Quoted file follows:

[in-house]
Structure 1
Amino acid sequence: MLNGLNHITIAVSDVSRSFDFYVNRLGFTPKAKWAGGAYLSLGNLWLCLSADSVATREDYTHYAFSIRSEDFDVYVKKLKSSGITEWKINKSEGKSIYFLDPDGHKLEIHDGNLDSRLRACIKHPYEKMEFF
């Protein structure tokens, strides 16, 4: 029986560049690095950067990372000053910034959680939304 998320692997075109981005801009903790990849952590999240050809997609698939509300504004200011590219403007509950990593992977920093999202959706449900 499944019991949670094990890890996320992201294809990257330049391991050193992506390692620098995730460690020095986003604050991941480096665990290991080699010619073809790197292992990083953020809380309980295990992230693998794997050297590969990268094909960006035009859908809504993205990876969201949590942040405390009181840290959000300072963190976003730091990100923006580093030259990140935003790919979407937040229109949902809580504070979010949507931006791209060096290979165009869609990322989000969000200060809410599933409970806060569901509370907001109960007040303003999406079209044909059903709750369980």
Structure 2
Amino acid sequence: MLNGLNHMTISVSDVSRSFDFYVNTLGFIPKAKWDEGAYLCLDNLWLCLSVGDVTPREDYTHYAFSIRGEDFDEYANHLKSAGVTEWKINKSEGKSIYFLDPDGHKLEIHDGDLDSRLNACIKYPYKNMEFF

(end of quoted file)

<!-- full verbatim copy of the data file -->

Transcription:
[in-house]
Structure 1
Amino acid sequence: MLNGLNHITIAVSDVSRSFDFYVNRLGFTPKAKWAGGAYLSLGNLWLCLSADSVATREDYTHYAFSIRSEDFDVYVKKLKSSGITEWKINKSEGKSIYFLDPDGHKLEIHDGNLDSRLRACIKHPYEKMEFF
């Protein structure tokens, strides 16, 4: 029986560049690095950067990372000053910034959680939304 998320692997075109981005801009903790990849952590999240050809997609698939509300504004200011590219403007509950990593992977920093999202959706449900 499944019991949670094990890890996320992201294809990257330049391991050193992506390692620098995730460690020095986003604050991941480096665990290991080699010619073809790197292992990083953020809380309980295990992230693998794997050297590969990268094909960006035009859908809504993205990876969201949590942040405390009181840290959000300072963190976003730091990100923006580093030259990140935003790919979407937040229109949902809580504070979010949507931006791209060096290979165009869609990322989000969000200060809410599933409970806060569901509370907001109960007040303003999406079209044909059903709750369980």
Structure 2
Amino acid sequence: MLNGLNHMTISVSDVSRSFDFYVNTLGFIPKAKWDEGAYLCLDNLWLCLSVGDVTPREDYTHYAFSIRGEDFDEYANHLKSAGVTEWKINKSEGKSIYFLDPDGHKLEIHDGDLDSRLNACIKYPYKNMEFF